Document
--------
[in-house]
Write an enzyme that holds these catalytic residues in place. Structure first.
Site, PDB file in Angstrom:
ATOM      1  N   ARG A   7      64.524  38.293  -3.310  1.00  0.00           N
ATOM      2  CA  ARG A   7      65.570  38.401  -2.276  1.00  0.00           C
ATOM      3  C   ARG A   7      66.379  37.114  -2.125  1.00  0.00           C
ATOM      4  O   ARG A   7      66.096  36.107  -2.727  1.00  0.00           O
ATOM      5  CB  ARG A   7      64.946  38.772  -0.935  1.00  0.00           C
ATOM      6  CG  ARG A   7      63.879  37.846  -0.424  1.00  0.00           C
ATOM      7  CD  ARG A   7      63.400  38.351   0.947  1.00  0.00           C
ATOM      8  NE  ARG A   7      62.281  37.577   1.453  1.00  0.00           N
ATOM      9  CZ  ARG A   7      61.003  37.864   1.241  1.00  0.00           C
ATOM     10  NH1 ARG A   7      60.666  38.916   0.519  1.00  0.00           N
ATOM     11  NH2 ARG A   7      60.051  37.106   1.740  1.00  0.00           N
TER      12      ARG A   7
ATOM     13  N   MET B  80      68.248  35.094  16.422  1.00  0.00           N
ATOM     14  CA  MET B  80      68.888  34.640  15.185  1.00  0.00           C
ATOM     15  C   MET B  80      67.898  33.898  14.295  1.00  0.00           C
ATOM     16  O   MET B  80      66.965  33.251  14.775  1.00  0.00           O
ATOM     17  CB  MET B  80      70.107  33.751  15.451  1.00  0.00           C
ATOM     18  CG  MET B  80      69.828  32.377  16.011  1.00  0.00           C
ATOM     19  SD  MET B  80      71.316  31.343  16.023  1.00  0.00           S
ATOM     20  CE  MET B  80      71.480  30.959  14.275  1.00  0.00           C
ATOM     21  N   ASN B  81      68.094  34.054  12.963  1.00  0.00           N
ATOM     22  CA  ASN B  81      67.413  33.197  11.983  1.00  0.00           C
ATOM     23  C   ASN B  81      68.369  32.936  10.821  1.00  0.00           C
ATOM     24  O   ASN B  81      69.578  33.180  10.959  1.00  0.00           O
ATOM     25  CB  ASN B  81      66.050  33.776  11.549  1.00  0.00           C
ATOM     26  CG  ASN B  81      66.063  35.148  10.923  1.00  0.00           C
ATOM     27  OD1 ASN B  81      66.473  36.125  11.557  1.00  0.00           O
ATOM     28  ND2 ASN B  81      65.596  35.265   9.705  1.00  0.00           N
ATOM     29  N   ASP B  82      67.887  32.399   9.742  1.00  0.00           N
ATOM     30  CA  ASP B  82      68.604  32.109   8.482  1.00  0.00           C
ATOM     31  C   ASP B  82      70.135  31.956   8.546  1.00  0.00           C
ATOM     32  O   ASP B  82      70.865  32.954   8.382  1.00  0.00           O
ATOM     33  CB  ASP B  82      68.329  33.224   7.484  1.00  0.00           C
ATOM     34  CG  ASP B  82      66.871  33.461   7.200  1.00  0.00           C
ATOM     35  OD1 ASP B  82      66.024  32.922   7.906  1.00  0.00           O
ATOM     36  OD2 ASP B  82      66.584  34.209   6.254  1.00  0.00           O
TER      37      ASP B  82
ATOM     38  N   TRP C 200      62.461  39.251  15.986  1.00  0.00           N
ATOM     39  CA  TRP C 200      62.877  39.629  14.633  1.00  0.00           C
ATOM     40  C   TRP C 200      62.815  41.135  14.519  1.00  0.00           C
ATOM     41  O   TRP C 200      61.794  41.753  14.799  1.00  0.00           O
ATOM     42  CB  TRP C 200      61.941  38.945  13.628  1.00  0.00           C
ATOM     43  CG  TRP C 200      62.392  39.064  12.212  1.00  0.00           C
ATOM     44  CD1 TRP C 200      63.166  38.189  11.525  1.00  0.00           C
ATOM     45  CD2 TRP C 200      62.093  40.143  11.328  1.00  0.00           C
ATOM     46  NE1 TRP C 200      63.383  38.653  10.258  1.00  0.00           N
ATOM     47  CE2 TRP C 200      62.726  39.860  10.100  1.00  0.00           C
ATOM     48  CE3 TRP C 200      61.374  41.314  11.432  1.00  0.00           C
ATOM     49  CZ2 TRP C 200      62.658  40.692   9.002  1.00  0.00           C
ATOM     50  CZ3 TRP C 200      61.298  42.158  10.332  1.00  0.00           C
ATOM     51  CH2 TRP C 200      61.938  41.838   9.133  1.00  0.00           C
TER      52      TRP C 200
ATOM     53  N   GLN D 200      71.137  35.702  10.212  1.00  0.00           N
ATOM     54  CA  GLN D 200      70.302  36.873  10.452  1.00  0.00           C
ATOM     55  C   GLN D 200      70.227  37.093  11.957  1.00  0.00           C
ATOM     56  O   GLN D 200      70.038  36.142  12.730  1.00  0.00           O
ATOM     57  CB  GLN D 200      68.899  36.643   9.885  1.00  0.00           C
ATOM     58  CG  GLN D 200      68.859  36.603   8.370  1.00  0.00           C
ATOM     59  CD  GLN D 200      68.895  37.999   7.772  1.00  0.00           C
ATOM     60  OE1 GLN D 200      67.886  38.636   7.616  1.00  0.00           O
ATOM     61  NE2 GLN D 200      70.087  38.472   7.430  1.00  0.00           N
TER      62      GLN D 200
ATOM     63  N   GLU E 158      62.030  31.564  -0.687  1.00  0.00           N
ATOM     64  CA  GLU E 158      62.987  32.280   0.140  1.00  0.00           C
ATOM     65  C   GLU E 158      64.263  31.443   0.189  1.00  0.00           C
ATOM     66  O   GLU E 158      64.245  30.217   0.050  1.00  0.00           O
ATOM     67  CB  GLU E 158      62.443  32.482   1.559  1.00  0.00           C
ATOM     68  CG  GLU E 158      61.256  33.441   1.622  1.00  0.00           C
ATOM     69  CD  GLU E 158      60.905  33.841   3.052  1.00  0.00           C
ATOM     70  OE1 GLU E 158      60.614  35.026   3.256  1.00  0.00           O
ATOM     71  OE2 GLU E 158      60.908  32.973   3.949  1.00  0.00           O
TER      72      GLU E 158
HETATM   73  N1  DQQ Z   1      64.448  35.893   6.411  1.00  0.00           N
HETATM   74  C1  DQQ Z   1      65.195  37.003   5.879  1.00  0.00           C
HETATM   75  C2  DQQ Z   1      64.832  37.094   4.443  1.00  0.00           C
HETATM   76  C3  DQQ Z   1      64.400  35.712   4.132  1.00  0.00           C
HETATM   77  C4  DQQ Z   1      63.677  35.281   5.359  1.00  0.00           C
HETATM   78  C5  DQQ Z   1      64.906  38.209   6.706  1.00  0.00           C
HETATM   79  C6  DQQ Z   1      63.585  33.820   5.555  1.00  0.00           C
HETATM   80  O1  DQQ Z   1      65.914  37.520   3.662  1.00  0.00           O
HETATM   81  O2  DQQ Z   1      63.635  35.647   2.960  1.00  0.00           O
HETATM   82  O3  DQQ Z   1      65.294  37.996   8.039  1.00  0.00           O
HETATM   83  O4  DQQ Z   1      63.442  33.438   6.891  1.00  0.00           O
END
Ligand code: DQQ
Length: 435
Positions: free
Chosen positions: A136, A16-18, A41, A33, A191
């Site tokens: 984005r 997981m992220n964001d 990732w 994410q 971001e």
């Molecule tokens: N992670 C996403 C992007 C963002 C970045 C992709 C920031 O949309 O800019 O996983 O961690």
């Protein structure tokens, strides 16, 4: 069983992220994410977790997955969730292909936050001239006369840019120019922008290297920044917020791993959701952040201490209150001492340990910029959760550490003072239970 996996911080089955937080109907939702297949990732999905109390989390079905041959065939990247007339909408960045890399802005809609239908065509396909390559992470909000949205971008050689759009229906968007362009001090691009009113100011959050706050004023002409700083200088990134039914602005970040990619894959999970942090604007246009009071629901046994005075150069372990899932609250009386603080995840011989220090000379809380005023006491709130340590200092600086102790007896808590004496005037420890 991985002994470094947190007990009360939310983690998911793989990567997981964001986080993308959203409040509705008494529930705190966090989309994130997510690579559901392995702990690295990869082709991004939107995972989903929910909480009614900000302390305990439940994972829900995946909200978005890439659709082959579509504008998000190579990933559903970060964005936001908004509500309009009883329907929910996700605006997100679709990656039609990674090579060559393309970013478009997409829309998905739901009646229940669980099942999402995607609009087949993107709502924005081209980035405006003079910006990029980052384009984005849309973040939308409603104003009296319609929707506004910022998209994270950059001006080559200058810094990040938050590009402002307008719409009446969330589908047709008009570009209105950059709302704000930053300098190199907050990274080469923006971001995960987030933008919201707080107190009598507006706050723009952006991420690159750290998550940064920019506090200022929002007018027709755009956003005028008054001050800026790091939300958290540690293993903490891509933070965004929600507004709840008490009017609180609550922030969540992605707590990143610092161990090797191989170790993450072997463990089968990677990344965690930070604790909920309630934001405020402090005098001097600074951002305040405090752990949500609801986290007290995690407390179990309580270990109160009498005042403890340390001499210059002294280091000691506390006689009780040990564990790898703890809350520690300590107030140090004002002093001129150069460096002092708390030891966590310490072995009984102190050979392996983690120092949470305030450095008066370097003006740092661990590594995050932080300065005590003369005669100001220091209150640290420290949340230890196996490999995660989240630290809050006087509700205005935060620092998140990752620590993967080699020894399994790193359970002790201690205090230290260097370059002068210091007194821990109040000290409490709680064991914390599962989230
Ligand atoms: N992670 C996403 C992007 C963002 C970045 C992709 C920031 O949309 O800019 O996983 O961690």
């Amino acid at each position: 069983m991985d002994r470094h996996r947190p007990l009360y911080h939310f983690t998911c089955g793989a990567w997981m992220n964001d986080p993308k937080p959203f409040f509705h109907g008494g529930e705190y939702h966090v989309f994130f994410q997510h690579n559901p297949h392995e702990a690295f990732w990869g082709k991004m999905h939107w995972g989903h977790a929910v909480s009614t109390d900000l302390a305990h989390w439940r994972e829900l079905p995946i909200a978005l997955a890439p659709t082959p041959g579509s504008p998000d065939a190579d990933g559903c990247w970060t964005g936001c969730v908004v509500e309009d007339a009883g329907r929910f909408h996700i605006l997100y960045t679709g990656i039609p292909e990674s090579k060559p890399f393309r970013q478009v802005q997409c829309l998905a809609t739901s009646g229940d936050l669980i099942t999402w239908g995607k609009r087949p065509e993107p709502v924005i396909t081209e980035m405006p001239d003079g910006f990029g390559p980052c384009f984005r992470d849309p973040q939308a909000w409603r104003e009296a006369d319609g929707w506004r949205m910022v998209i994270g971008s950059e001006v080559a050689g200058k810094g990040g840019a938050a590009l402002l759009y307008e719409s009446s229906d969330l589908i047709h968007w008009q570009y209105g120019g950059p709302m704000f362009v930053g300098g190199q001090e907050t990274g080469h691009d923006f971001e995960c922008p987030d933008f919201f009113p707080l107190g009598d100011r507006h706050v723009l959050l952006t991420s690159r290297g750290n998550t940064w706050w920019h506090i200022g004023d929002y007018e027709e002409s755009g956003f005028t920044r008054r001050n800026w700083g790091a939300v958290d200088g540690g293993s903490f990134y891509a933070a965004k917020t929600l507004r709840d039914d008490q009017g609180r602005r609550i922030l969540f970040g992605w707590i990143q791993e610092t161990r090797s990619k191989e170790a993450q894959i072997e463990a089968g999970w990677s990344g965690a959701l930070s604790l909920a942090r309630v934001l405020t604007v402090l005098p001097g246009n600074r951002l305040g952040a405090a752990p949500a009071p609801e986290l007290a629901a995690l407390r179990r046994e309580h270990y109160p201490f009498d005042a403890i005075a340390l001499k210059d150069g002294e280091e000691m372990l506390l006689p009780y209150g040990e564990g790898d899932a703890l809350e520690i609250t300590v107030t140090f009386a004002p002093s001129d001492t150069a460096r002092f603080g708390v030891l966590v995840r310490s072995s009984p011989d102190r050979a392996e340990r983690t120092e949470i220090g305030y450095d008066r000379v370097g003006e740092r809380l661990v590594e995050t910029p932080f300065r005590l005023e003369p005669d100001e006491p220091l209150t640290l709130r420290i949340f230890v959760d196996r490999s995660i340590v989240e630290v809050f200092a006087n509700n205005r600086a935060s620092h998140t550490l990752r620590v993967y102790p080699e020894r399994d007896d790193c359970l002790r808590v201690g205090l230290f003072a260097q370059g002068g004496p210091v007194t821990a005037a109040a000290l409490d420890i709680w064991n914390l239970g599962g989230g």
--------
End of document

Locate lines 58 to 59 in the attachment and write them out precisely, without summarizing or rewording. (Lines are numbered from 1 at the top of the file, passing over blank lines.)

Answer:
ATOM     55  C   GLN D 200      70.227  37.093  11.957  1.00  0.00           C
ATOM     56  O   GLN D 200      70.038  36.142  12.730  1.00  0.00           O